2 8 Earthquake Engineering and Engineering Seismology, Vol. 4, No. The first part of this paper introduces an example of a weak first-story building that collapsed during the Kobe earthquake, and highlights significant effects of the strength balance along the height on the first-story drift demand. In the second part, nonlinear dynamic analyses are conducted for a model representing weak-first-story buildings, where the first-story strength and strength balance along the height are taken as analysis variables. Presented also are conditions that the two parameters should satisfy for controlling the first-story drift demand within an allowable level..6 Slits Y Y4 Y Y Y4.9 COLLAPSE OF WEAK-FIRST-STORY BUILDING DURING THE KOBE EARTHQUAKE.6 Building The building was a RC seven-story apartment complex without a basement. The first story was used exclusively for parking lots. Figures and show the plan views and framing elevation views Y Y Y4 : Slits Y. 7.3 Y Y3 Fig. Framing elevation views (X direction) Slits (a) First story (b) Second story and above Fig. Plan views of the north-south (X) direction, for which major damage occurred. The first story was nearly a pure moment-resisting frame, including only a short wall in the X3 plane. In contrast, the second story and above included two long walls in the X and X3 planes. In addition, they had a wall in the X plane that was designed as a nonstructural wall by being separated from the edge columns using slits. Details of the slit are shown in Fig. 3. The slit, although called so, did not perfectly separate the nonstructural wall from the edge column: the slit thickness, mm, was merely one third of the wall thickness, mm. It is widely acknowledged that slits whose thickness is less than half the wall thickness are ineffective, which implies that this nonstructural wall behaved as a structural wall. As will be discussed later, the existence of the nonstructural wall had a crucial effect on the seismic drift demand, and hence on the collapse of this building.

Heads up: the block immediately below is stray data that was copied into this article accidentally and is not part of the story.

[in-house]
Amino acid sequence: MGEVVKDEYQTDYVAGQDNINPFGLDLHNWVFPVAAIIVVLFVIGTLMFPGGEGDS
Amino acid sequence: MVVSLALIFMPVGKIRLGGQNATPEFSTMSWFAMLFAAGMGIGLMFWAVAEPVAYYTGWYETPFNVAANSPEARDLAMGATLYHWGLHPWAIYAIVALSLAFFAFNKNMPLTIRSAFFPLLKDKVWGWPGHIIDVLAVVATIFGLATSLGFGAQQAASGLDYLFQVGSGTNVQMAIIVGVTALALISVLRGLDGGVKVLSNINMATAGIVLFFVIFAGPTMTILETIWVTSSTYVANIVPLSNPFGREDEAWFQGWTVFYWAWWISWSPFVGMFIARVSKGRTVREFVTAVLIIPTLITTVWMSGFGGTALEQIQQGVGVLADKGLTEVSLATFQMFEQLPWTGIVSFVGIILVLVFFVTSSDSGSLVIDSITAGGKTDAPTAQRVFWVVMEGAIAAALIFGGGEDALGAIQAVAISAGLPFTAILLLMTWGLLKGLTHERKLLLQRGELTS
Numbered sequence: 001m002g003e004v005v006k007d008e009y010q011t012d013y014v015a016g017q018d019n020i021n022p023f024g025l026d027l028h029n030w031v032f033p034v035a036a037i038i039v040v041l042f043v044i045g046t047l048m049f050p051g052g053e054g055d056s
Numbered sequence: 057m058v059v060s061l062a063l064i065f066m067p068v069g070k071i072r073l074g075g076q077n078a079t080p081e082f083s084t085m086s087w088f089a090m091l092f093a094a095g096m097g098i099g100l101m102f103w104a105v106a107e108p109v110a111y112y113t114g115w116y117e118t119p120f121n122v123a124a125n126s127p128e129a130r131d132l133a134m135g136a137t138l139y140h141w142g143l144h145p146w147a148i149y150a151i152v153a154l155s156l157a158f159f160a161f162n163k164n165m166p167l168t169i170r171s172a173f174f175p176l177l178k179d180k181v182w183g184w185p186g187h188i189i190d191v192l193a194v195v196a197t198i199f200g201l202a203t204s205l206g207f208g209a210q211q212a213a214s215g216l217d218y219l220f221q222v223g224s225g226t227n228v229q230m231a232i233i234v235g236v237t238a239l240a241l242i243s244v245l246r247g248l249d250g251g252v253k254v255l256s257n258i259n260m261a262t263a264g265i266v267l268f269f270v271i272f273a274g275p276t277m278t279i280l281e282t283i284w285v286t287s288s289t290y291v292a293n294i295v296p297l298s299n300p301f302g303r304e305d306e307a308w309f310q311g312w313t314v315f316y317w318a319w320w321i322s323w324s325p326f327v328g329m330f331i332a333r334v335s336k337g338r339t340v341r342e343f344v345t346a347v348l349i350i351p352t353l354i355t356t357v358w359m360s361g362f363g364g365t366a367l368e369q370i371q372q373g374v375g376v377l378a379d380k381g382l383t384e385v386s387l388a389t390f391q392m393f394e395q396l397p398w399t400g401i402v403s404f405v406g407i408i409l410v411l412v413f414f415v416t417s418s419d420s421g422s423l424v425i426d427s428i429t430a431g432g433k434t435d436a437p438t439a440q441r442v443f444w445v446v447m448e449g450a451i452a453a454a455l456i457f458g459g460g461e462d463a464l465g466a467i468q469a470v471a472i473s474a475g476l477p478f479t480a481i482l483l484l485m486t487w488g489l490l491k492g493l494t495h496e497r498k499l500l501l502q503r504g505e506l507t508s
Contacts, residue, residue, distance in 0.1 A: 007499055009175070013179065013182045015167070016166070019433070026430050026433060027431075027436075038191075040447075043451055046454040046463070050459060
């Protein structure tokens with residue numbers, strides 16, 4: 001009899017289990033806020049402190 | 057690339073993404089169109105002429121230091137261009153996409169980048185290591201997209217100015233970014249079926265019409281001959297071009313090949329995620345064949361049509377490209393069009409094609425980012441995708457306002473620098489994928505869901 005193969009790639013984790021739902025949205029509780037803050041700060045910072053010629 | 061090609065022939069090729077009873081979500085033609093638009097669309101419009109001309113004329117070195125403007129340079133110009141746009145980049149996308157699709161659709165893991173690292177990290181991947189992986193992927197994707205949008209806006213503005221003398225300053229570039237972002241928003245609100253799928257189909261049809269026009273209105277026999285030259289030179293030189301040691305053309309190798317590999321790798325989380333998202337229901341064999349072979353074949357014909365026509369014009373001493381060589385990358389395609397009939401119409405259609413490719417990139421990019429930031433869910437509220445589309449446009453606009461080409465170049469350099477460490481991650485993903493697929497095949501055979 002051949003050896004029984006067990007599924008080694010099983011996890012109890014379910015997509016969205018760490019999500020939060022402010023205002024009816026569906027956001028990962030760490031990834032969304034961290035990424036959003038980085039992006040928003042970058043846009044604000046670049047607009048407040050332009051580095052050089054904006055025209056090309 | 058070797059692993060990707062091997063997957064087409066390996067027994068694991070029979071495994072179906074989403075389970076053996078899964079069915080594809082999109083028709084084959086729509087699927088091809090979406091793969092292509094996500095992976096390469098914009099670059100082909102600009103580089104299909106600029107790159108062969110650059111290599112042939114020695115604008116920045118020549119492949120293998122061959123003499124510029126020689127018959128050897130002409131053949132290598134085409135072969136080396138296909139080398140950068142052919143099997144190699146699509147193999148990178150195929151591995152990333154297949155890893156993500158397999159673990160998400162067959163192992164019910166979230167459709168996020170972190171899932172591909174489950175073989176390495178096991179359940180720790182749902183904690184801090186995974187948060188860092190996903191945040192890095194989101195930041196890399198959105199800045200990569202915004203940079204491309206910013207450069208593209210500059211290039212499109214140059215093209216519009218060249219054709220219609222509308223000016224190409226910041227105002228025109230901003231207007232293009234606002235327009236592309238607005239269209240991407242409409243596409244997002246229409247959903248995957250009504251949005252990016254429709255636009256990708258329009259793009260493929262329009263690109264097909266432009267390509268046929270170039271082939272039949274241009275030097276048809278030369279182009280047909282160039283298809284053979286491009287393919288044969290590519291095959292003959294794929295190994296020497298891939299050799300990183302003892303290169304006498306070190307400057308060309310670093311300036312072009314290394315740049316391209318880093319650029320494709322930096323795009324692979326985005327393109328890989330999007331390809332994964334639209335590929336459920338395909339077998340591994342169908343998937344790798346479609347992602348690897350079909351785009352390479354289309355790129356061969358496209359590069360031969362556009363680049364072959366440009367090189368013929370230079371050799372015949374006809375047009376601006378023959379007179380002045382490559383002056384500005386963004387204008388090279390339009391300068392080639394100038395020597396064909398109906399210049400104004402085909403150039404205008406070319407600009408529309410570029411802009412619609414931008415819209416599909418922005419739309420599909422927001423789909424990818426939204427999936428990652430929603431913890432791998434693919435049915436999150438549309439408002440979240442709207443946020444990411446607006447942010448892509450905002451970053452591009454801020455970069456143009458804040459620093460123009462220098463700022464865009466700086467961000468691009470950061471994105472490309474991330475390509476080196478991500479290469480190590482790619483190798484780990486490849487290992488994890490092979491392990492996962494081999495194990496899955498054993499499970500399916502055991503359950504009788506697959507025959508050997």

3 Yoshimura: Control of Seismic Drift Demand for Reinforced Concrete Buildings with Weak First Stories 9 X Plane [Unit: mm] Fig. 3 Observed Damage Details of slit Figure 4 shows residual lateral drifts and axial shortening observed at the first-story columns. The arrow in the figure indicates the amplitude and direction of the lateral drift. All columns were observed to move nearly to the north with extremely large lateral drifts ranging from 6 to 3mm (3mm on the average). The axial shortening was much larger for the north columns than for the south columns, apparently corresponding with the residual lateral drifts to the north. Photo shows observed damage to some of the first story members, where C and C8 represent the north and south columns. C crashed at the top while C8, although seriously damaged, avoided failure. The difference in the degree of damage between the two columns is related to the larger axial shortening sustained by the north columns relative to the south ones. The first-story wall in the X3 plane completely [Unit: cm] Upper number: Lateral drift Under number: Axial shortening Fig. 4 Observed Residual displacement of first story columns crashed at mid-height along with the edge column. On the other hand, practically no damage existed in members above the second-floor level, including the slits in the X plane. Thus, a first-story mechanism was formed for the X direction. Computed Drift Demand Nonlinear dynamic drift demand of this building was evaluated using the ground motions recorded near the building site. In the analysis, the X plane above the second floor level was modeled in two ways: first as the structural wall (Case ), where the slits were assumed ineffective, and then as the moment-resisting frame (Case ), where the slits were assumed effective. Analysis methods similar to those stated in later parts were (a) C (East face) (b) C8 (East face) (c) First story wall and C3 (West face) Photo Observed damage